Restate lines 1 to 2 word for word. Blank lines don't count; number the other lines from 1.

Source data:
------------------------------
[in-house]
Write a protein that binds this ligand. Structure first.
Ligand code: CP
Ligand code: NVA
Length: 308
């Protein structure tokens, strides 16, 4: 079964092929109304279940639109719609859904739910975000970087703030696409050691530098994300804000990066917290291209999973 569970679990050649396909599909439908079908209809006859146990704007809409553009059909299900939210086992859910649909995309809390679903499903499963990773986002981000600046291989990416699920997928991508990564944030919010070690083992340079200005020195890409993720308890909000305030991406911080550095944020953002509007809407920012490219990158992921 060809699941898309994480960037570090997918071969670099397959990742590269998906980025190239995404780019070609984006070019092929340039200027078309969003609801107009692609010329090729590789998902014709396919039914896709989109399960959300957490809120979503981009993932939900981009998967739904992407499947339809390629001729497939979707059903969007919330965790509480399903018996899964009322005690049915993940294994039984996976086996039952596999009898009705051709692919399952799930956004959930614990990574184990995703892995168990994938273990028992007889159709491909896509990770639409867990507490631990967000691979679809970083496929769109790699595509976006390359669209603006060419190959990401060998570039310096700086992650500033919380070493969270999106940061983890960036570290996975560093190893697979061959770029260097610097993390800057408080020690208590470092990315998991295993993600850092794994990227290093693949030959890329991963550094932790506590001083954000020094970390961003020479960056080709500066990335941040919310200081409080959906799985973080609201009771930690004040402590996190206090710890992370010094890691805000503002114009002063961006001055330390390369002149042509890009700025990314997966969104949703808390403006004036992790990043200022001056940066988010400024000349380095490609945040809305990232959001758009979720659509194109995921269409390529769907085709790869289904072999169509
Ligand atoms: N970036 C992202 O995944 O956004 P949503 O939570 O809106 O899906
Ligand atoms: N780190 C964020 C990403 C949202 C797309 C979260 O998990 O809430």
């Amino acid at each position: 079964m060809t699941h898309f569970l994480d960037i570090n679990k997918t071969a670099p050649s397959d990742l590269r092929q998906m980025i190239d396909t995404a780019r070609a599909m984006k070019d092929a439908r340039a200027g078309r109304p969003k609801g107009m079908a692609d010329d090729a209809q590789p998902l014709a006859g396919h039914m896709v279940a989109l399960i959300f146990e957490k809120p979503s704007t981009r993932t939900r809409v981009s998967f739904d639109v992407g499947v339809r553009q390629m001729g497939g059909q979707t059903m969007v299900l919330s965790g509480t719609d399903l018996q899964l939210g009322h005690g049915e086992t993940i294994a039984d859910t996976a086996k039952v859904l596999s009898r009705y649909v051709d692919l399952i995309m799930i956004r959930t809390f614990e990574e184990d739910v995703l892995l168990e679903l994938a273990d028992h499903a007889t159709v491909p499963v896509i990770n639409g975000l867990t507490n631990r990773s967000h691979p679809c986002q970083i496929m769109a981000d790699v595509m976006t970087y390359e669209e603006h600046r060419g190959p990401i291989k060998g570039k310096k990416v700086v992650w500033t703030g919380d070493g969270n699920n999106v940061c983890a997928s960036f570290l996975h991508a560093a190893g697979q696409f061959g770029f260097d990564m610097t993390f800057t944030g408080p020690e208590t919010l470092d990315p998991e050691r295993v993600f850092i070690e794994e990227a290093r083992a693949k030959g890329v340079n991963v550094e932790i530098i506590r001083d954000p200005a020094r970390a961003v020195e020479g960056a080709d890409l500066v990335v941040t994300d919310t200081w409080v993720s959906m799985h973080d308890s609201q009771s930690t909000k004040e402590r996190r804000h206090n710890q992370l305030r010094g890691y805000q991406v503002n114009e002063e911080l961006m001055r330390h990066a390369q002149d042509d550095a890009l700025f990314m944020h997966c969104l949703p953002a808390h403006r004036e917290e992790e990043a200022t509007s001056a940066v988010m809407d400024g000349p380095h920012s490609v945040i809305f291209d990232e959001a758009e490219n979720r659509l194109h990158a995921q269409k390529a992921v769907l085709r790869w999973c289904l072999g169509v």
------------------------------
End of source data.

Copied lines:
[in-house]
Write a protein that binds this ligand. Structure first.